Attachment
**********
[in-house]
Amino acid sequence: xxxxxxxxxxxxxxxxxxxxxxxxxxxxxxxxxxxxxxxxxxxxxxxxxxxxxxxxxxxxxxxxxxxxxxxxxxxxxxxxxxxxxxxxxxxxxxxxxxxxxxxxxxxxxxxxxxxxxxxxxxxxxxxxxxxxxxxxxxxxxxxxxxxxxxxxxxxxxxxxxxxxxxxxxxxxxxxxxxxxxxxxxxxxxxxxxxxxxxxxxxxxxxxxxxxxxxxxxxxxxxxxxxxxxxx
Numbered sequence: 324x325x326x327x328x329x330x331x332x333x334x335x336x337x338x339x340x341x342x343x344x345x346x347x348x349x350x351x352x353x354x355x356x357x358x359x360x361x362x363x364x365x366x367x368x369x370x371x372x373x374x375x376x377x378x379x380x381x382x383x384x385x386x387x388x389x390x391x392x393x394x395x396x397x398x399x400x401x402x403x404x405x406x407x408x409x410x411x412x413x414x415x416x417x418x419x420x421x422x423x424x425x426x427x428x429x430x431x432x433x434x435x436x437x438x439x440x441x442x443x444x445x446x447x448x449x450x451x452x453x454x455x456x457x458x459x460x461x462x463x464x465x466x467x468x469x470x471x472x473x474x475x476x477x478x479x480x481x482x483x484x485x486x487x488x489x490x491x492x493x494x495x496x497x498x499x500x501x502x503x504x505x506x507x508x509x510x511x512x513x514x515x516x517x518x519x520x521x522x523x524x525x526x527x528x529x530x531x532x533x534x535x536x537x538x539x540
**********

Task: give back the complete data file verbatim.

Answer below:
[in-house]
Amino acid sequence: xxxxxxxxxxxxxxxxxxxxxxxxxxxxxxxxxxxxxxxxxxxxxxxxxxxxxxxxxxxxxxxxxxxxxxxxxxxxxxxxxxxxxxxxxxxxxxxxxxxxxxxxxxxxxxxxxxxxxxxxxxxxxxxxxxxxxxxxxxxxxxxxxxxxxxxxxxxxxxxxxxxxxxxxxxxxxxxxxxxxxxxxxxxxxxxxxxxxxxxxxxxxxxxxxxxxxxxxxxxxxxxxxxxxxxx
Numbered sequence: 324x325x326x327x328x329x330x331x332x333x334x335x336x337x338x339x340x341x342x343x344x345x346x347x348x349x350x351x352x353x354x355x356x357x358x359x360x361x362x363x364x365x366x367x368x369x370x371x372x373x374x375x376x377x378x379x380x381x382x383x384x385x386x387x388x389x390x391x392x393x394x395x396x397x398x399x400x401x402x403x404x405x406x407x408x409x410x411x412x413x414x415x416x417x418x419x420x421x422x423x424x425x426x427x428x429x430x431x432x433x434x435x436x437x438x439x440x441x442x443x444x445x446x447x448x449x450x451x452x453x454x455x456x457x458x459x460x461x462x463x464x465x466x467x468x469x470x471x472x473x474x475x476x477x478x479x480x481x482x483x484x485x486x487x488x489x490x491x492x493x494x495x496x497x498x499x500x501x502x503x504x505x506x507x508x509x510x511x512x513x514x515x516x517x518x519x520x521x522x523x524x525x526x527x528x529x530x531x532x533x534x535x536x537x538x539x540